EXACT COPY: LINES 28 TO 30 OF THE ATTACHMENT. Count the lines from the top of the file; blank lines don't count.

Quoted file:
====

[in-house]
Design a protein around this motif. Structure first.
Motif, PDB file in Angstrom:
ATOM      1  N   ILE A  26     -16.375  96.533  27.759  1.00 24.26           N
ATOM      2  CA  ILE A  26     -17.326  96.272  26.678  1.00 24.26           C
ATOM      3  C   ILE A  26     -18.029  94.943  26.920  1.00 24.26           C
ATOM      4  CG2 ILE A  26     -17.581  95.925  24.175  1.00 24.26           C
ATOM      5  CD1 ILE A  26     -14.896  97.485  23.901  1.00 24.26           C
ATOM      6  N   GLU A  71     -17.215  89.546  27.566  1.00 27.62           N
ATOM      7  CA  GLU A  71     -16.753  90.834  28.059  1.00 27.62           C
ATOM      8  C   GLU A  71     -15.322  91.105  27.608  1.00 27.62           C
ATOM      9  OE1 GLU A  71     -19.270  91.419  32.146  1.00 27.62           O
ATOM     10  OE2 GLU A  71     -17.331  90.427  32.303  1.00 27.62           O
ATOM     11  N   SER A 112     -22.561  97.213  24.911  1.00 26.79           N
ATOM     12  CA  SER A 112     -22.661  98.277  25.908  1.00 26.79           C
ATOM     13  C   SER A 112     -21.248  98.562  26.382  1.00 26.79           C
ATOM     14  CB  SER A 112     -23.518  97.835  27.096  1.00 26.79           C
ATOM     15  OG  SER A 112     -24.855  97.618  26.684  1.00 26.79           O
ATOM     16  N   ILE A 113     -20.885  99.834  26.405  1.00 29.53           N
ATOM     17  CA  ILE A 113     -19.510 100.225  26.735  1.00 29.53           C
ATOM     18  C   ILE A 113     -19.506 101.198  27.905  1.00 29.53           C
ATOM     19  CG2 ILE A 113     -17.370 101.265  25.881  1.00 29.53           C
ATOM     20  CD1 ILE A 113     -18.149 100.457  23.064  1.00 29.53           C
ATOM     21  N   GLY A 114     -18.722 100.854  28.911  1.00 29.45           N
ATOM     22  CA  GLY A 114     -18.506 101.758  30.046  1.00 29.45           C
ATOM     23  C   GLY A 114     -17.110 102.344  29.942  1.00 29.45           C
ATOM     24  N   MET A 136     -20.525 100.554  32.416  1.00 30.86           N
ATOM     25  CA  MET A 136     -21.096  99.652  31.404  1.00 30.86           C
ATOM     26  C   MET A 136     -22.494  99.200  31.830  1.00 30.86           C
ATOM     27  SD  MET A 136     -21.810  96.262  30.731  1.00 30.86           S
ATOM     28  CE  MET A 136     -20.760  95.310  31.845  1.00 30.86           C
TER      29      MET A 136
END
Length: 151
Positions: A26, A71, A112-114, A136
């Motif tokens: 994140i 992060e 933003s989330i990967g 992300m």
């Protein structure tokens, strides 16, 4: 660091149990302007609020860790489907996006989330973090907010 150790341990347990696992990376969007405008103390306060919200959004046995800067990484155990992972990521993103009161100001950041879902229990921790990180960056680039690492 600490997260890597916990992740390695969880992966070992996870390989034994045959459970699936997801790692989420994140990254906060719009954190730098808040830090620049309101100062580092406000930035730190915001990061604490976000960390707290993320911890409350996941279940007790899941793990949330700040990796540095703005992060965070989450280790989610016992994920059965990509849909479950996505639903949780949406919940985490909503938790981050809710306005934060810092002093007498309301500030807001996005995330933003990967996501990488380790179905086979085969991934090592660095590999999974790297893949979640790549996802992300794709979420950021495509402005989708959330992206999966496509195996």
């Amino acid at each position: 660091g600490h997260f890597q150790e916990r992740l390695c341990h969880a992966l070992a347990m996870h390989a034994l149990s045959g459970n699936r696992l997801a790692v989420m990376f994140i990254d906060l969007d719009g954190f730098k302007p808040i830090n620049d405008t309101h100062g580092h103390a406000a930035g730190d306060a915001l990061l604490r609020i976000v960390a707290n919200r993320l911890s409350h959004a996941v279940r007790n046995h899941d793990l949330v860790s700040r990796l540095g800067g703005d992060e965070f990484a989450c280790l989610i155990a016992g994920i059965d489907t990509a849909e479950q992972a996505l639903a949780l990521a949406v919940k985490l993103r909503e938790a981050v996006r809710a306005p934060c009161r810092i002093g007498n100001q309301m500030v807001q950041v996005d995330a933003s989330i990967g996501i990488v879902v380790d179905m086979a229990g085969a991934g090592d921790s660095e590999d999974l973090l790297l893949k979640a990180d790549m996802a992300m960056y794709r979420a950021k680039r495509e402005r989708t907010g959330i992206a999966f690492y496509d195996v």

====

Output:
ATOM     25  CA  MET A 136     -21.096  99.652  31.404  1.00 30.86           C
ATOM     26  C   MET A 136     -22.494  99.200  31.830  1.00 30.86           C
ATOM     27  SD  MET A 136     -21.810  96.262  30.731  1.00 30.86           S